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DLSS is an AI-based rendering technique that lets less powerful PCs run games on higher resolution screens.
Available on Nvidia’s RTX 20 and 30 series graphics cards, DLSS can upscale an image to 4K that looks nearly identical to native 4K, but uses up far less processing power.
As a result, games that usually run on native 4K can enjoy significantly improved frame rates, as the graphics card struggles less to process the image.
An open global beta for Naraka: Bladepoint will launch at the end of April, and this beta will have DLSS tech included.
Unity only announced on Thursday that its engine would natively support DLSS by the end of the year.
“With just a few clicks, [developers] will be able to activate DLSS in Unity and choose between various quality options to get a boost in performance with equivalent, if not better, visual quality,” said Unity’s Mathieu Muller in a video update.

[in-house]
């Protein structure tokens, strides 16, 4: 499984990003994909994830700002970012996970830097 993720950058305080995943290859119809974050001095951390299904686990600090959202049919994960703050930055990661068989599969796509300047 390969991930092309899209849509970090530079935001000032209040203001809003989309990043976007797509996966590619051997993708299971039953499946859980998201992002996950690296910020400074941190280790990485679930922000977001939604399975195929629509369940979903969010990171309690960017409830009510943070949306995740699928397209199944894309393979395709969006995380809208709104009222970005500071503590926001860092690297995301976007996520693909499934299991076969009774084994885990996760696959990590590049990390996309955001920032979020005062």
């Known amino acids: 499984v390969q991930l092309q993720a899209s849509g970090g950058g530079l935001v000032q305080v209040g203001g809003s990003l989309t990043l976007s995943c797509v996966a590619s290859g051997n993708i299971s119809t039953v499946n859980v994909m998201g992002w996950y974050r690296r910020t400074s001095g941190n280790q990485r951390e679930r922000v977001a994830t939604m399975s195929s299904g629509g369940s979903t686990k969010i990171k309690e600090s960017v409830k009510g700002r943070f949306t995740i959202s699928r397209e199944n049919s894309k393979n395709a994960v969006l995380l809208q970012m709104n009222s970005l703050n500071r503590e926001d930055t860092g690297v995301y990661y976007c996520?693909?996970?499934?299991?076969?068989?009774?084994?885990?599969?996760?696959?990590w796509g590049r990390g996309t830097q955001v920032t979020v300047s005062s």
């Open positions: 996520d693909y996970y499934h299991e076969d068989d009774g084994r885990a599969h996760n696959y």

Previously the DLSS feature was limited to just a few games, but with the introduction of DLSS 2.0 last year, Nvidia said the AI behind the upscaling did not need to be trained specifically for each individual title.
According to a Digital Foundry analysis, DLSS 2.0 at any normal screen distance “looks almost as good as the real thing.”
Alex Battaglia wrote of Control’s DLSS last year: “The quality of the image reconstruction is so good, you’ll have a hard time noticing whether it is on or off – and aspects of the image can look even better than native rendering, simply because DLSS doesn’t feature some of the deficiencies found in some temporal anti-aliasing solutions.”
He added: “Over the years, we’ve examined pretty much every ‘smart upscaling’ solution on the market and based on the upscaling ratios we’re working with here, DLSS is delivering the best mixture of image quality and performance improvements.”